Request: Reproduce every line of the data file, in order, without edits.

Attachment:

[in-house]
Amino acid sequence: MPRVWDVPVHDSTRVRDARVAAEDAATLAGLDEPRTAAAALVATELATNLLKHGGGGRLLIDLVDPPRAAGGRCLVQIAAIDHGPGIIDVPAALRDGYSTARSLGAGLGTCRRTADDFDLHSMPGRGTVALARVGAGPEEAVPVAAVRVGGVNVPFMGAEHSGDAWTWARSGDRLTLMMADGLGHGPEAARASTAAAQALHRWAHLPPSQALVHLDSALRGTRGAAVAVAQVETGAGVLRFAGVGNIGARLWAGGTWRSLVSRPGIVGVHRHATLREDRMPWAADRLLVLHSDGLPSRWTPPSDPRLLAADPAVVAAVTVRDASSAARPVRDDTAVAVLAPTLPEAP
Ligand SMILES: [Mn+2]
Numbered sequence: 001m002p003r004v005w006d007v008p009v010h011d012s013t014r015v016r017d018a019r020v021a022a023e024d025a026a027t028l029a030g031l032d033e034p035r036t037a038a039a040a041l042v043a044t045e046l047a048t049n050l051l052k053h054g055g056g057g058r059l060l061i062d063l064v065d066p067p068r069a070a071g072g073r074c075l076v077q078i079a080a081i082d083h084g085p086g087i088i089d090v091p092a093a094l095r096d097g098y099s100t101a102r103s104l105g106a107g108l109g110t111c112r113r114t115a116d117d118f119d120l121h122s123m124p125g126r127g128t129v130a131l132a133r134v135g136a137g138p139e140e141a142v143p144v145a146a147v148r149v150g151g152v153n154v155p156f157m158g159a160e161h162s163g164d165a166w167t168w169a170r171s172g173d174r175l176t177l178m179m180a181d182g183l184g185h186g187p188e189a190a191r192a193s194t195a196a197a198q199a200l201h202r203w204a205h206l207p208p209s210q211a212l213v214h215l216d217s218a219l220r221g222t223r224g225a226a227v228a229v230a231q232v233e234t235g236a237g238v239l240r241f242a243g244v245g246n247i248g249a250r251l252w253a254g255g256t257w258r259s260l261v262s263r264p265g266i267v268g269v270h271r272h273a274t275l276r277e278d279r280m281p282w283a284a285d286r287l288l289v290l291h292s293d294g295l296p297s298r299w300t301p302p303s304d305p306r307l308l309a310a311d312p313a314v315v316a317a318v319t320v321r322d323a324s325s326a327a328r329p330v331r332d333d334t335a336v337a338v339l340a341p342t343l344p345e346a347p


[in-house]
Amino acid sequence: MPRVWDVPVHDSTRVRDARVAAEDAATLAGLDEPRTAAAALVATELATNLLKHGGGGRLLIDLVDPPRAAGGRCLVQIAAIDHGPGIIDVPAALRDGYSTARSLGAGLGTCRRTADDFDLHSMPGRGTVALARVGAGPEEAVPVAAVRVGGVNVPFMGAEHSGDAWTWARSGDRLTLMMADGLGHGPEAARASTAAAQALHRWAHLPPSQALVHLDSALRGTRGAAVAVAQVETGAGVLRFAGVGNIGARLWAGGTWRSLVSRPGIVGVHRHATLREDRMPWAADRLLVLHSDGLPSRWTPPSDPRLLAADPAVVAAVTVRDASSAARPVRDDTAVAVLAPTLPEAP
Ligand SMILES: [Mn+2]
Numbered sequence: 001m002p003r004v005w006d007v008p009v010h011d012s013t014r015v016r017d018a019r020v021a022a023e024d025a026a027t028l029a030g031l032d033e034p035r036t037a038a039a040a041l042v043a044t045e046l047a048t049n050l051l052k053h054g055g056g057g058r059l060l061i062d063l064v065d066p067p068r069a070a071g072g073r074c075l076v077q078i079a080a081i082d083h084g085p086g087i088i089d090v091p092a093a094l095r096d097g098y099s100t101a102r103s104l105g106a107g108l109g110t111c112r113r114t115a116d117d118f119d120l121h122s123m124p125g126r127g128t129v130a131l132a133r134v135g136a137g138p139e140e141a142v143p144v145a146a147v148r149v150g151g152v153n154v155p156f157m158g159a160e161h162s163g164d165a166w167t168w169a170r171s172g173d174r175l176t177l178m179m180a181d182g183l184g185h186g187p188e189a190a191r192a193s194t195a196a197a198q199a200l201h202r203w204a205h206l207p208p209s210q211a212l213v214h215l216d217s218a219l220r221g222t223r224g225a226a227v228a229v230a231q232v233e234t235g236a237g238v239l240r241f242a243g244v245g246n247i248g249a250r251l252w253a254g255g256t257w258r259s260l261v262s263r264p265g266i267v268g269v270h271r272h273a274t275l276r277e278d279r280m281p282w283a284a285d286r287l288l289v290l291h292s293d294g295l296p297s298r299w300t301p302p303s304d305p306r307l308l309a310a311d312p313a314v315v316a317a318v319t320v321r322d323a324s325s326a327a328r329p330v331r332d333d334t335a336v337a338v339l340a341p342t343l344p345e346a347p